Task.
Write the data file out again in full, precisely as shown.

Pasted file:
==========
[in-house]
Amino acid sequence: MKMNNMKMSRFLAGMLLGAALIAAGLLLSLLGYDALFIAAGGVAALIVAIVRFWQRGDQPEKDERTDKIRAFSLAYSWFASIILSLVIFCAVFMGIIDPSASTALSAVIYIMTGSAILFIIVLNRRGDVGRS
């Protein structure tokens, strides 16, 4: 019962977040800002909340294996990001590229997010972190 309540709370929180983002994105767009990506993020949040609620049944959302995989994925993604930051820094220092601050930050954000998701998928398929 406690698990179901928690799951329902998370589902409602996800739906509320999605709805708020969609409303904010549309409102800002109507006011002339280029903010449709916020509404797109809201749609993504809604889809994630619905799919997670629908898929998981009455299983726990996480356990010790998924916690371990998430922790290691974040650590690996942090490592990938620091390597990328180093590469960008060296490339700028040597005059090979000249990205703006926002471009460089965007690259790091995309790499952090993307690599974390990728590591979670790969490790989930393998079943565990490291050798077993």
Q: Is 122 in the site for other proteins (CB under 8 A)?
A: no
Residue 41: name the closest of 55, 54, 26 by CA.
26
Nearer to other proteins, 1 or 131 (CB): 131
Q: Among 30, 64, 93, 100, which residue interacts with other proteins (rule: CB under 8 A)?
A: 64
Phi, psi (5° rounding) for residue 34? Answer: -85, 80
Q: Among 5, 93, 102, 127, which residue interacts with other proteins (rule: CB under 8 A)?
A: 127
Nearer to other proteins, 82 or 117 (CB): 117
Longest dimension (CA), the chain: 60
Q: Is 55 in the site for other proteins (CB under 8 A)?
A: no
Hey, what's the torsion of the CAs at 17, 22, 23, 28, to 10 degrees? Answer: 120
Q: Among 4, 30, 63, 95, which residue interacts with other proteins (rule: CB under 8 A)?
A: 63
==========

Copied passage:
[in-house]
Amino acid sequence: MKMNNMKMSRFLAGMLLGAALIAAGLLLSLLGYDALFIAAGGVAALIVAIVRFWQRGDQPEKDERTDKIRAFSLAYSWFASIILSLVIFCAVFMGIIDPSASTALSAVIYIMTGSAILFIIVLNRRGDVGRS
């Protein structure tokens, strides 16, 4: 019962977040800002909340294996990001590229997010972190 309540709370929180983002994105767009990506993020949040609620049944959302995989994925993604930051820094220092601050930050954000998701998928398929 406690698990179901928690799951329902998370589902409602996800739906509320999605709805708020969609409303904010549309409102800002109507006011002339280029903010449709916020509404797109809201749609993504809604889809994630619905799919997670629908898929998981009455299983726990996480356990010790998924916690371990998430922790290691974040650590690996942090490592990938620091390597990328180093590469960008060296490339700028040597005059090979000249990205703006926002471009460089965007690259790091995309790499952090993307690599974390990728590591979670790969490790989930393998079943565990490291050798077993």
Q: Is 122 in the site for other proteins (CB under 8 A)?
A: no
Residue 41: name the closest of 55, 54, 26 by CA.
26
Nearer to other proteins, 1 or 131 (CB): 131
Q: Among 30, 64, 93, 100, which residue interacts with other proteins (rule: CB under 8 A)?
A: 64
Phi, psi (5° rounding) for residue 34? Answer: -85, 80
Q: Among 5, 93, 102, 127, which residue interacts with other proteins (rule: CB under 8 A)?
A: 127
Nearer to other proteins, 82 or 117 (CB): 117
Longest dimension (CA), the chain: 60
Q: Is 55 in the site for other proteins (CB under 8 A)?
A: no
Hey, what's the torsion of the CAs at 17, 22, 23, 28, to 10 degrees? Answer: 120
Q: Among 4, 30, 63, 95, which residue interacts with other proteins (rule: CB under 8 A)?
A: 63